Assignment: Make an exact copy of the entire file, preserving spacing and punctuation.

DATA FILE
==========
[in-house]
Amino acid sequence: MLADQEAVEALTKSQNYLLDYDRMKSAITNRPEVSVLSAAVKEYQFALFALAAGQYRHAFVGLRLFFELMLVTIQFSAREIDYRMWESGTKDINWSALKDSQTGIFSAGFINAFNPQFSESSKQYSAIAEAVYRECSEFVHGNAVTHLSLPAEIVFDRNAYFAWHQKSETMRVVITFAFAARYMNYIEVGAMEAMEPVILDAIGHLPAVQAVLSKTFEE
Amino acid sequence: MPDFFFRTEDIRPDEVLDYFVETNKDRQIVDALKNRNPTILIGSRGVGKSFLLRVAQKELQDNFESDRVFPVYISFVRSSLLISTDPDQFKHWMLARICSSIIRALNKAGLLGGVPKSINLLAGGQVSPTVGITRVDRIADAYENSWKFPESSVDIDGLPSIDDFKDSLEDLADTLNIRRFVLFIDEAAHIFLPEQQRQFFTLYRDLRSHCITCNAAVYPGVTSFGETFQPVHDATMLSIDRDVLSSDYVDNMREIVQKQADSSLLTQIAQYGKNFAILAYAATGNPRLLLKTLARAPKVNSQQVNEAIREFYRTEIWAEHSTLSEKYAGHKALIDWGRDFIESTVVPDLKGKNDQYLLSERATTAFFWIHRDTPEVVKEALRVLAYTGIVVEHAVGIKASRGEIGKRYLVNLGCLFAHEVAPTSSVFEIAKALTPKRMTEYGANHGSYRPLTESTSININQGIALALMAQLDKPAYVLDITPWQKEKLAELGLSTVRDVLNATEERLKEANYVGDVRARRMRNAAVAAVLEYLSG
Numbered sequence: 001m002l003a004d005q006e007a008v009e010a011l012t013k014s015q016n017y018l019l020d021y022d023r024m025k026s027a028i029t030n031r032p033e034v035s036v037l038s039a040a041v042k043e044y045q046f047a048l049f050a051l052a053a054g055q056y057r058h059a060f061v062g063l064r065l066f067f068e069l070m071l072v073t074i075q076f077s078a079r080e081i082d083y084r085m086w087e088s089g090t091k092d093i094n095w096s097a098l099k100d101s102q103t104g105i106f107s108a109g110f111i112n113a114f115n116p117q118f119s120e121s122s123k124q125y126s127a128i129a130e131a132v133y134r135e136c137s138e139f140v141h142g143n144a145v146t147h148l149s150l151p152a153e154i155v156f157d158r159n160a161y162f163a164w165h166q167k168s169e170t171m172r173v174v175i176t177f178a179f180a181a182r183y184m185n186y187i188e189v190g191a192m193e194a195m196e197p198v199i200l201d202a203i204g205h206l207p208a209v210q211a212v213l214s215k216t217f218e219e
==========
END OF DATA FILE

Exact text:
[in-house]
Amino acid sequence: MLADQEAVEALTKSQNYLLDYDRMKSAITNRPEVSVLSAAVKEYQFALFALAAGQYRHAFVGLRLFFELMLVTIQFSAREIDYRMWESGTKDINWSALKDSQTGIFSAGFINAFNPQFSESSKQYSAIAEAVYRECSEFVHGNAVTHLSLPAEIVFDRNAYFAWHQKSETMRVVITFAFAARYMNYIEVGAMEAMEPVILDAIGHLPAVQAVLSKTFEE
Amino acid sequence: MPDFFFRTEDIRPDEVLDYFVETNKDRQIVDALKNRNPTILIGSRGVGKSFLLRVAQKELQDNFESDRVFPVYISFVRSSLLISTDPDQFKHWMLARICSSIIRALNKAGLLGGVPKSINLLAGGQVSPTVGITRVDRIADAYENSWKFPESSVDIDGLPSIDDFKDSLEDLADTLNIRRFVLFIDEAAHIFLPEQQRQFFTLYRDLRSHCITCNAAVYPGVTSFGETFQPVHDATMLSIDRDVLSSDYVDNMREIVQKQADSSLLTQIAQYGKNFAILAYAATGNPRLLLKTLARAPKVNSQQVNEAIREFYRTEIWAEHSTLSEKYAGHKALIDWGRDFIESTVVPDLKGKNDQYLLSERATTAFFWIHRDTPEVVKEALRVLAYTGIVVEHAVGIKASRGEIGKRYLVNLGCLFAHEVAPTSSVFEIAKALTPKRMTEYGANHGSYRPLTESTSININQGIALALMAQLDKPAYVLDITPWQKEKLAELGLSTVRDVLNATEERLKEANYVGDVRARRMRNAAVAAVLEYLSG
Numbered sequence: 001m002l003a004d005q006e007a008v009e010a011l012t013k014s015q016n017y018l019l020d021y022d023r024m025k026s027a028i029t030n031r032p033e034v035s036v037l038s039a040a041v042k043e044y045q046f047a048l049f050a051l052a053a054g055q056y057r058h059a060f061v062g063l064r065l066f067f068e069l070m071l072v073t074i075q076f077s078a079r080e081i082d083y084r085m086w087e088s089g090t091k092d093i094n095w096s097a098l099k100d101s102q103t104g105i106f107s108a109g110f111i112n113a114f115n116p117q118f119s120e121s122s123k124q125y126s127a128i129a130e131a132v133y134r135e136c137s138e139f140v141h142g143n144a145v146t147h148l149s150l151p152a153e154i155v156f157d158r159n160a161y162f163a164w165h166q167k168s169e170t171m172r173v174v175i176t177f178a179f180a181a182r183y184m185n186y187i188e189v190g191a192m193e194a195m196e197p198v199i200l201d202a203i204g205h206l207p208a209v210q211a212v213l214s215k216t217f218e219e